Keeping Ducks

If you have a smallholding or even a fairly large garden, it may have crossed your mind that a couple of ducks would make the scene complete.

Happy, healthy ducks have many benefits- they lay delicious eggs, control bugs and insects, and are actually much easier to keep than other poultry such as chickens.

While ducks do not lay as prolifically as chickens, and do not lay at all in the winter months, duck eggs have a lovely rich flavour and are larger in size than the usual hens eggs.

Keeping ducks in the garden or on a smallholding means that you will need to consider birds that are flightless or have their wings clipped. Ducks can travel a fair distance on the wing, and if they decide to move on, that will probably be the last you'll see of them!

Some good duck breeds for beginners

Runner, Campbell and Aylesbury ducks are all good breeds to consider for the beginner, as they are fairly straightforward to care for, and won't fly off. Call ducks are another possibility, but they can be noisy, and also would need their wings clipped to keep them contained. Ducks need a little more open space than chickens, but less overall maintenance.

  • Runner ducks are unusual to look at. They stand erect, and run rather than waddle about. They are of a medium to large build, and good layers, producing 150- 200 eggs over the season. Runner ducks lay their eggs wherever they happen to be at the time, so you may have to hunt about for them rather than checking the coop every day!
  • Campbell ducks are small to medium in size, hardy and friendly. They lay on average between 75 and 150 eggs per season.
  • Aylesbury ducks are the ubiquitous 'Jemima Puddleduck' type- white feathers with a yellow beak. Solidly built, they are slow moving and relatively quiet, and lay between 50 and 100 eggs per season.
  • Call ducks are petite, sweet looking and very personable, but can be incredibly noisy! They require wing clipping in order to prevent escape, and have a relatively low egg production of 25- 75 eggs in the summer months only.

Ducks and water

Although the above breeds of duck do not need a large expanse of open water in order to be happy, they do need enough space to be able to dip their heads and clean their eyes, and paddle about. A small to medium sized child's paddling pool or a small pond is fine, and should be available to them at all times when they are out loose or in their enclosure during the day.


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Housing your ducks

You will need a suitably sized duck house or coop, with a flat floor as ducks don't perch like chickens. In terms of space, two square feet per duck in the coop is the minimum standard for comfortable living. The duck house should be raised from the ground with a ramp for access, and have a suitably sized doorway for the ducks to get in and out. You should be able to secure the door at night while providing adequate ventilation, to keep your ducks safe from foxes and other predators.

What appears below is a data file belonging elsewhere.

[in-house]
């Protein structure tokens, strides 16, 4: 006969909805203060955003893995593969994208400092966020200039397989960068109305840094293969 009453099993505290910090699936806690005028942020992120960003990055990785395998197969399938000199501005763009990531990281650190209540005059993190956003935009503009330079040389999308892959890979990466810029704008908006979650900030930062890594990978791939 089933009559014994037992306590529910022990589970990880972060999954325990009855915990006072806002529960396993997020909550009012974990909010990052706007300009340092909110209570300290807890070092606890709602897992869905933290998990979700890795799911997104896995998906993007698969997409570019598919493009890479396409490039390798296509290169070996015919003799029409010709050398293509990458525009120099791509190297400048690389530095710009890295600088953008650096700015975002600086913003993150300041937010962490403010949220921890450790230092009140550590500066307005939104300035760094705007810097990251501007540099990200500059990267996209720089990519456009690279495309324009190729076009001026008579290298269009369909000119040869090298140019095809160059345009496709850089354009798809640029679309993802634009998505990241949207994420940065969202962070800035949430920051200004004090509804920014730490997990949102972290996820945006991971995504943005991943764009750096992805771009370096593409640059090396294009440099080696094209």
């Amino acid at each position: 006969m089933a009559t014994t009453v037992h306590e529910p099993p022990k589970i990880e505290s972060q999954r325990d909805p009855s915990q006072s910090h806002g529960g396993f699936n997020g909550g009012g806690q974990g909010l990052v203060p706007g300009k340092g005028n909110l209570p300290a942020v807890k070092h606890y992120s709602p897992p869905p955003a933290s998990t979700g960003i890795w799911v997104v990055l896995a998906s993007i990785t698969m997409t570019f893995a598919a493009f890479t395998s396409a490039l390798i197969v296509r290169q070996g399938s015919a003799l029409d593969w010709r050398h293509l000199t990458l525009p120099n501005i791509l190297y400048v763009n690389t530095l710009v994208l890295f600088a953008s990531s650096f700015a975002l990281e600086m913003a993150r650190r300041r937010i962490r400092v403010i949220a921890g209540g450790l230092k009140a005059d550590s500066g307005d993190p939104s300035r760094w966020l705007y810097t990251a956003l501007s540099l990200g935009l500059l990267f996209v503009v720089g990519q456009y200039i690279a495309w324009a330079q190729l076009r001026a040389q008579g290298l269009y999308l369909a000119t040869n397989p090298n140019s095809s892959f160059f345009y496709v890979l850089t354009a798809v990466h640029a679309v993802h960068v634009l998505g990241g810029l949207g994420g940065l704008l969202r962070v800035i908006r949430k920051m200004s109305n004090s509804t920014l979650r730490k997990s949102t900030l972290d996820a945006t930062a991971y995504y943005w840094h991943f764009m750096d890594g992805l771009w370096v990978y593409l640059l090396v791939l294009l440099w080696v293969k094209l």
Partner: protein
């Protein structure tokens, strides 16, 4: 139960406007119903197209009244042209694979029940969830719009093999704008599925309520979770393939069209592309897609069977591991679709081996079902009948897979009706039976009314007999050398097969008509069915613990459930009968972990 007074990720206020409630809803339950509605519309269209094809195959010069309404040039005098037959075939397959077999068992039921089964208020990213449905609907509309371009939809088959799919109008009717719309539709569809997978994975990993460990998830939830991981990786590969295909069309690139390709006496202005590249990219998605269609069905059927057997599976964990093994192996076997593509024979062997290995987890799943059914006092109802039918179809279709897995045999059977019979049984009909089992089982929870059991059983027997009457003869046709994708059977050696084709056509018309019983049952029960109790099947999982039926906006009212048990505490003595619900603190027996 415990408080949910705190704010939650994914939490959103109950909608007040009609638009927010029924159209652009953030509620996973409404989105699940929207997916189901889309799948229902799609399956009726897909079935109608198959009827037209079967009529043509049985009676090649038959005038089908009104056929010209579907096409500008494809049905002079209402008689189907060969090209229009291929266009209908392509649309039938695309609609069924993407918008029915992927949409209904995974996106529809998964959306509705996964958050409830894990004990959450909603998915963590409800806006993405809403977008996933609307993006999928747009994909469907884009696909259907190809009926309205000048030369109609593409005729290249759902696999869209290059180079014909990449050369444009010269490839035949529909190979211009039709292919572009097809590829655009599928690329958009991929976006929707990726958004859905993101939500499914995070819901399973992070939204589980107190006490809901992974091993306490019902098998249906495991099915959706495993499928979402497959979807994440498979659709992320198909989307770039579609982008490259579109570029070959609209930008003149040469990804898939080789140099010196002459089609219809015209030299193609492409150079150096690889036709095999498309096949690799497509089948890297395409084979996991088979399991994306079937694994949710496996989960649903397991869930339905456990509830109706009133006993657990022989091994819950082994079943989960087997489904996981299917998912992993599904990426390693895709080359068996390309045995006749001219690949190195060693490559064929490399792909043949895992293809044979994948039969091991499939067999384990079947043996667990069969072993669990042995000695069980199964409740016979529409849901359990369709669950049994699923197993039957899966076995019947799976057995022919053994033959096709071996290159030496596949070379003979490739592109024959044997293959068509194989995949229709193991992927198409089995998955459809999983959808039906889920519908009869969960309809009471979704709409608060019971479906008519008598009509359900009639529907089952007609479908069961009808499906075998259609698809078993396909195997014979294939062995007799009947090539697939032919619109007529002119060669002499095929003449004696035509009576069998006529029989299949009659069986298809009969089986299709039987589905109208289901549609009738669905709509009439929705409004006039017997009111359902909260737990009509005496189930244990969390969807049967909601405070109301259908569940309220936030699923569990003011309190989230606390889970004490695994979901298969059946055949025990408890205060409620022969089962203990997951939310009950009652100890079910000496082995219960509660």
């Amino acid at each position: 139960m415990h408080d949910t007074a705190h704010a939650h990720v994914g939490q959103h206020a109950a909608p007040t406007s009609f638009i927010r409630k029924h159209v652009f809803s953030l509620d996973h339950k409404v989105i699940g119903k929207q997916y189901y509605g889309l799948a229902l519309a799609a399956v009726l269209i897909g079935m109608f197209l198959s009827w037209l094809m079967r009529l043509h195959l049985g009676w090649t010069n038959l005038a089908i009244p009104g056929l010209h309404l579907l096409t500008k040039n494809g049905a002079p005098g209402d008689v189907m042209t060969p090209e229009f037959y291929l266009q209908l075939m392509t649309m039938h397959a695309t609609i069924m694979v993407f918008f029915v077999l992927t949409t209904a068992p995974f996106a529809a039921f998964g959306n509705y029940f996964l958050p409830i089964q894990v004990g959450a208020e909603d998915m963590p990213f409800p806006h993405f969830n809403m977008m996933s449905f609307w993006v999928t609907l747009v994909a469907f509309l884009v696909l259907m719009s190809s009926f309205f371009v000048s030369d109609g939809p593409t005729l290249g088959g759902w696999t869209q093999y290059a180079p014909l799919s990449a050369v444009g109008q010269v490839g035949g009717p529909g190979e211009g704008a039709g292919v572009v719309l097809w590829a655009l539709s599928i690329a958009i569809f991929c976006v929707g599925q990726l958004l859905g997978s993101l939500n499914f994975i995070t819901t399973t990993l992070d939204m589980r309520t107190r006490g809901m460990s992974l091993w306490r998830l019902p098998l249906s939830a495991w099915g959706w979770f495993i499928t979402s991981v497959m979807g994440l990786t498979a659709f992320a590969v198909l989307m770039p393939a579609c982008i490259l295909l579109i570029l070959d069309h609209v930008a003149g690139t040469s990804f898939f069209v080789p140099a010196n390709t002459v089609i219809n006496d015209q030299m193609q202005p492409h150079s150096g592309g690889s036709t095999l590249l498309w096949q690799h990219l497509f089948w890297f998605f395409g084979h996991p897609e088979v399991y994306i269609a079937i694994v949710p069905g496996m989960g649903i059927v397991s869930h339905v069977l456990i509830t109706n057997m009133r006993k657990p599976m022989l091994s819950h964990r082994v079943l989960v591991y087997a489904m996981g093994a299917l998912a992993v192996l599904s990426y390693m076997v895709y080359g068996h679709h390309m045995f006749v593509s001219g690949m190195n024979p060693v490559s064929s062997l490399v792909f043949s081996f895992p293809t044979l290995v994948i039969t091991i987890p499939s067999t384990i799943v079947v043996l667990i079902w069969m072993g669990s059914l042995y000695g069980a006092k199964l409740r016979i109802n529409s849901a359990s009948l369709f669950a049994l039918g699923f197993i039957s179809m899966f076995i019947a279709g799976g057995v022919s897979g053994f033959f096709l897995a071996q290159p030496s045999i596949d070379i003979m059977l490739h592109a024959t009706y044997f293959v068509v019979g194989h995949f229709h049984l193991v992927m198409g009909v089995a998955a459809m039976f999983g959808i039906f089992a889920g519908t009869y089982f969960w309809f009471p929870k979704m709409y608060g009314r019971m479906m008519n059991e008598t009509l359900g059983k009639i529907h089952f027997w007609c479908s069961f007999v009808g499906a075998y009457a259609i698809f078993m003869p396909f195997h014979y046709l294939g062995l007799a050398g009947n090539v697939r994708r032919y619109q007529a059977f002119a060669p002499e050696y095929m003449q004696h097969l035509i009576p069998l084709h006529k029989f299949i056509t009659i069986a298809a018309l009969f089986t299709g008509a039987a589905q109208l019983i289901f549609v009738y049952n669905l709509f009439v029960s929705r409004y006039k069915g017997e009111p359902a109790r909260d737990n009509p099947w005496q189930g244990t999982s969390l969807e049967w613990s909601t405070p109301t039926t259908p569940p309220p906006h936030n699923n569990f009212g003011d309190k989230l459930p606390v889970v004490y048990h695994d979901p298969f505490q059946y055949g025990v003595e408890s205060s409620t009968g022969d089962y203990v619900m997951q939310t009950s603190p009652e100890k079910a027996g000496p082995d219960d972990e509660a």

In the winter, make sure that the ambient temperature of the coop is warm enough for your ducks at all times. Similarly in the summer, make sure that it is shady enough to provide some respite from the heat.

Do not use wire mesh on the flooring of the coop, ramp or wider enclosure, as this can hurt your duck's feet.

You will also need to provide a run or enclosure, so that your ducks can go out safely without fear of predators when you are not around. This can be made of a simple plywood frame covered in chicken wire, which you can move around to prevent one particular area becoming worn from overuse. As mentioned, do not use wire mesh on the floor of the enclosure.

Feeding

Ducks like to eat slugs and insects, so can be good at keeping garden pests under control- although they will sometimes nibble at plants! A balanced diet for ducks consists of wheat and maize, as well as soy bean oil and meal. A pre prepared compound duck food such as layer's pellets is the easiest way to provide a complete food to keep your duck in top condition. You may have enjoyed feeding bread to wild ducks when you were a child, but bread and scraps are not suitable for ducks as their staple diet!

Keeping your ducks happy

Ducks are sociable creatures, and you should not keep one duck alone. Too many males with not enough females will fight with each other, sometimes to the death. If you don't want to have to spend time refereeing drake dust ups, keep a minimum of 4- 6 females for every male duck.

Collect the eggs your ducks lay on a regular basis, to prevent damage to the eggs and also to prevent the female ducks from getting broody.

Always provide clean fresh drinking water (as well as your ducks swimming pond) to ensure that they have access to water that is free of toxins and germs. Ducks do not chew their food, they wash it down with water, and so make sure there is access to drinking water near to the food station also.

Make sure that your ducks always have access to their coop, so that they can rest, preen and keep warm.

Domestic duck breeds are interesting, inquisitive creatures, and generally tame easily, approaching their owners for food and sometimes following them about to see what they are doing!

Ducks can live up to 15 years, so make sure you are prepared to care for your brood throughout the duration of their lives.

Finally, always take care when introducing ducks into the garden if you already have other pets such as dogs or cats. Make sure that neither will worry your ducks, or in some cases, vice versa! Introduce them to each other slowly, and make use of the duck's enclosure to keep the animals apart until you are sure that they can all be trusted to play nicely.


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